How Different Cultures Around The World Celebrate New Year
New Year’s traditions are unique to their origin, upon specific objects, cuisines, and celebrations that are inherent to their culture. Whether it’s sharing a meal with family and friends or participating in playful water fights, each of these customary celebrations derives from their manners and customs.
Below are five of the most fascinating New Year’s celebrations from around the world. Let’s discover their historical significance and the traditional part which draws upon to create the representation of heritage.
1. Gregorian New Year
The New Year we’re most familiar with follows the Gregorian calendar. The first known record of New Year’s celebrations began about 2000 B.C. in Mesopotamia. This occurred at the time of the vernal equinox, which is toward the end of March.
When Julius Caesar developed the solar-based Julian calendar, January 1 marking the New Year dates back to 46 B.C. Pope Gregory XIII applied to the Gregorian calendar introduced by Julius Caesar in late 1582.
In modern times, celebrations typically begin on New Year’s Eve, December 31st, with friends, family, and parties of various sizes. There are many countries that celebrate Gregorian New Year such as the U.S., Mexico, Netherlands, Germany, France, etc and they all have their own unique traditions.
For example, over a million people head to New York City’s Times Square to watch the iconic ball drop. The ball has been a tradition since 1907 and has been redesigned and rebuilt several times over the years. The current version weighs a whopping 11,875 pounds and is covered with over 2,000 Waterford Crystal triangles.
In German and English folklore, a midnight kiss is a great way to start the New Year as it would help you bring good luck. Also, it’s believed that the person you kissed contributes to the fate of your year. So, you might want to pick your partner carefully.
2. Lunar New Year
East Asian countries including Viet Nam, China, Indonesia, Korea, and Singapore celebrate the Lunar New Year. The exact day of the Lunar New Year changes every year due to alignment with the moon calendar.
In preparation for the holiday, couplets bearing well wishes for good health, fortune, and luck are hung around the house, often in entryways to invite the wishes into the home.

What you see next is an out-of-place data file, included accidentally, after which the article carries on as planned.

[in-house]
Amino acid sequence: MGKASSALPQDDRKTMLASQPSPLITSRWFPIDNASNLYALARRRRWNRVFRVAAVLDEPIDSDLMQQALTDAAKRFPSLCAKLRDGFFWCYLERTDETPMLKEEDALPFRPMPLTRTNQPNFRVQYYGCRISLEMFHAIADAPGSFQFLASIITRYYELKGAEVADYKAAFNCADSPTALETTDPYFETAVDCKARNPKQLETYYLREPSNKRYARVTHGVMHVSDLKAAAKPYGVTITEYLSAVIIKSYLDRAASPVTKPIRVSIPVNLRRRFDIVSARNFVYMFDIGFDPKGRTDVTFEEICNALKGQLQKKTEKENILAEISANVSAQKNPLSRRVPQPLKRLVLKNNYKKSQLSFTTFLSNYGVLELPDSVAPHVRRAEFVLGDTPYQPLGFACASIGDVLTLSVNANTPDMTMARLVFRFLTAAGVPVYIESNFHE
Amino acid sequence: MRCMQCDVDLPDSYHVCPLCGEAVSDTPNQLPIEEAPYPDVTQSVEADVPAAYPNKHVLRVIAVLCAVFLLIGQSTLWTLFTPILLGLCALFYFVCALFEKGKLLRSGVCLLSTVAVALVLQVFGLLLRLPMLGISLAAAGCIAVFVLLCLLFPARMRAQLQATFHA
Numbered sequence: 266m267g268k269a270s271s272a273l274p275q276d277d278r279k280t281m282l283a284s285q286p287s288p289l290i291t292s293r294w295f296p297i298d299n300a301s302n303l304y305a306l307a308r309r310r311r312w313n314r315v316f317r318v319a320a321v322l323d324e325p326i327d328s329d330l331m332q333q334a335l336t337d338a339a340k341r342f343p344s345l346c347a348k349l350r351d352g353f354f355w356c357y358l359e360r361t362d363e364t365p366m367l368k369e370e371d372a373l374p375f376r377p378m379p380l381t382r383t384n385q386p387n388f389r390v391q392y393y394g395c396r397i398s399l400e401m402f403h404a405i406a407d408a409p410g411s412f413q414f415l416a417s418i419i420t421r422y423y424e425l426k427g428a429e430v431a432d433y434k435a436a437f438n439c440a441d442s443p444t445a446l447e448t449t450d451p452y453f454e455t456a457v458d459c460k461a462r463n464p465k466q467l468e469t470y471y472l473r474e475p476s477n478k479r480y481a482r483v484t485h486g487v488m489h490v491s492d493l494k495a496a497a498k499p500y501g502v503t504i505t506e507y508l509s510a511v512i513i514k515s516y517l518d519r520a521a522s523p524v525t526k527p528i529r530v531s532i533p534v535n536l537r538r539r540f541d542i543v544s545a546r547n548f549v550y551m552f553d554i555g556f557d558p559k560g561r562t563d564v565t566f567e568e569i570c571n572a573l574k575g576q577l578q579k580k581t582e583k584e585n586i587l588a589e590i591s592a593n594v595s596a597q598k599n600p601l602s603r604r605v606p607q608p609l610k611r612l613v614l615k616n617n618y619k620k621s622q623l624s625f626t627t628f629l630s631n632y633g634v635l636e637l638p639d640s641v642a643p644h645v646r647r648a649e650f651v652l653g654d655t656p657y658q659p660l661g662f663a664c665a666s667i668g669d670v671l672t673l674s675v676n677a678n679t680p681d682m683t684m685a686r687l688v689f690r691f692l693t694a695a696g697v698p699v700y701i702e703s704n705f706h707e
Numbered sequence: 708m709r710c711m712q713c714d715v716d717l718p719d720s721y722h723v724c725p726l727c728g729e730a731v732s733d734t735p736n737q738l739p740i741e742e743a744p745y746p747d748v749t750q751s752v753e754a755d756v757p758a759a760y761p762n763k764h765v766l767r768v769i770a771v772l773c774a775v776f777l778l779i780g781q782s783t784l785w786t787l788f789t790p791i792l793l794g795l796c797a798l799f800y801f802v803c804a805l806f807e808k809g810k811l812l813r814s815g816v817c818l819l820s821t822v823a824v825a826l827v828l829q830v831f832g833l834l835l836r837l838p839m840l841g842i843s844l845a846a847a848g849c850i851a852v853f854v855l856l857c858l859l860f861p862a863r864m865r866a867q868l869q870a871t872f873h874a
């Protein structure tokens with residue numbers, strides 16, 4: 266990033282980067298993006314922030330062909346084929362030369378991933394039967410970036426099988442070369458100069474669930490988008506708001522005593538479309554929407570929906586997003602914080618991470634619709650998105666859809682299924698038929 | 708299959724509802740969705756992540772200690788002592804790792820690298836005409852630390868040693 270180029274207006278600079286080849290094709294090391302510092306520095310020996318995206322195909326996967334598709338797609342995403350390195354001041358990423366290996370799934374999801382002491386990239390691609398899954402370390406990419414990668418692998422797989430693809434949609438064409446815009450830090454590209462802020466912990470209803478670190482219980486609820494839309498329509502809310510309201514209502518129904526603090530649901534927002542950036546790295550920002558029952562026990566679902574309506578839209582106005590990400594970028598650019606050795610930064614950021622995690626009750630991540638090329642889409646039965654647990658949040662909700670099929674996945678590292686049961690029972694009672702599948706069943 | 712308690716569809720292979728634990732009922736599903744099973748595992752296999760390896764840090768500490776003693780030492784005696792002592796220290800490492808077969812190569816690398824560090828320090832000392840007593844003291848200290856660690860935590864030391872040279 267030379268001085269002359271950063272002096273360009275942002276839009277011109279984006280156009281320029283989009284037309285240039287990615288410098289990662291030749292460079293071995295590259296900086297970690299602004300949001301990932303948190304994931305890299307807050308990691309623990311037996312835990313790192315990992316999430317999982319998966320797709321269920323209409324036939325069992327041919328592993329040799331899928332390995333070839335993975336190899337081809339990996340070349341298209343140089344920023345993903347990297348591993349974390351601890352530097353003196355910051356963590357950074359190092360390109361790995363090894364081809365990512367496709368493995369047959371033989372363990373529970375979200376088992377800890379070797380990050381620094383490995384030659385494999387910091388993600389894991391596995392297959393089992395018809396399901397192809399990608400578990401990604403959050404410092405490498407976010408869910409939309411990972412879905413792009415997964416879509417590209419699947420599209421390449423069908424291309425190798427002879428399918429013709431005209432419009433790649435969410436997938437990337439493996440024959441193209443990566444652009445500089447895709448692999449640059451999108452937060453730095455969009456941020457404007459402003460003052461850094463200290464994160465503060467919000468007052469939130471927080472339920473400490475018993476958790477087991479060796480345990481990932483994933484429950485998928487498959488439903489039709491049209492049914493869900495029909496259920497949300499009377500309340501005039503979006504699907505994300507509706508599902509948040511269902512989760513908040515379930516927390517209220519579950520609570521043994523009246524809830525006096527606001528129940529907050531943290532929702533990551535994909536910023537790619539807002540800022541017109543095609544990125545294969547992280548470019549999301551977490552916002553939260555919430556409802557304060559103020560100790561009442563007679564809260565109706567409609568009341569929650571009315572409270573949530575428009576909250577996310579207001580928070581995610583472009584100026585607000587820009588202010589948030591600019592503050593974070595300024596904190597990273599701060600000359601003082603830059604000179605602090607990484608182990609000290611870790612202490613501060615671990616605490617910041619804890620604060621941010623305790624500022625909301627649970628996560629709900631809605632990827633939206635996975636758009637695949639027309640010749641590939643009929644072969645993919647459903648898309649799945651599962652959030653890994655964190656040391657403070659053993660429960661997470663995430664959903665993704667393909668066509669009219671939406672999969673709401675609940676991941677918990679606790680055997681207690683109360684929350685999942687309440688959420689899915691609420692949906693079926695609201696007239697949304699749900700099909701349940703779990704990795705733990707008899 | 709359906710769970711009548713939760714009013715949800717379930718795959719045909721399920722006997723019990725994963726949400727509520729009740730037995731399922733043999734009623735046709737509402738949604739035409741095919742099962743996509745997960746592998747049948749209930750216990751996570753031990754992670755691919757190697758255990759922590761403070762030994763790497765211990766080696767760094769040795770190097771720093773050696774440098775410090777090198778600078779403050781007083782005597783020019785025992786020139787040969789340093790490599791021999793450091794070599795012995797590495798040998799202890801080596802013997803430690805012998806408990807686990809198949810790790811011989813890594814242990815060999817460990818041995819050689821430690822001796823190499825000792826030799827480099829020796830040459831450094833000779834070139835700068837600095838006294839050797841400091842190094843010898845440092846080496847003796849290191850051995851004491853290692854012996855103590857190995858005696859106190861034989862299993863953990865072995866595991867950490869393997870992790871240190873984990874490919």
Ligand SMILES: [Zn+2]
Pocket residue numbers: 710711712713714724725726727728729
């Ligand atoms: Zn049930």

Homes and cities are lined with red decorations, a color that symbolizes good luck and good fortune such as red lanterns to ward off bad luck, and red paper cutouts that hang on walls. Fireworks are set off on both New Year’s Eve and again the next morning as a means to ward off negative energy.
Children also receive red envelopes or “li xi” in Vietnamese that contain money, which is considered a way to symbolically bring fortune and happiness.
Normally, traditional red envelopes must be red, but in the modern days, they are designed in a variety of other shapes and colors with different well-wishes or the year’s zodiac printed onto them.
The “Tray of Togetherness” is a platter of sweets, often sugared dried fruit, candy, or a variety of nuts — meant for visiting guests to snack on during the New Year. Traditionally, each item symbolizes good fortune, health, and happiness.
Furthermore, there are many traditional foods that Asian must eat on the Lunar New Year such as Chung cake in Vietnam, fish soup in China, Yusheng in Singapore, etc.
3. Songkran New Year – Thailand
In ancient times the date of Songkran varied according to the solar and lunar calendars. The word Songkran is derived from the Sanskrit language and means ‘move into’, referring to the orbit of the sun moving into each of the houses of the zodiac.
Thailand is fixed for April 13 – 15 is the Songkran New Year Water Festival annually. Some areas (such as Pattaya and Chonburi) have extended celebrations to include the Wan Lai Festival.
Water guns are often used, including by tourists who take part in the festival during their time in Thailand.
The water association also has a number of meanings. Water is thrown to cleanse and purify all the ills, misfortune, and wrongdoing of the previous year, thus providing a clean slate for the new year ahead. Throwing water during Songkran is also associated with fertility or looking to bring on the rains for rice cultivation and ensure a bountiful harvest.
New Years foods vary depending on the region in Thailand, but common dishes are khao chae (rice soaked in flower-scented water often eaten with a variety of side dishes), chicken with green curry, krayasat (a dessert bar made from peanuts, sugar cane, sticky rice, sesame seeds, and coconut), pad thai (a popular stir-fried noodle dish).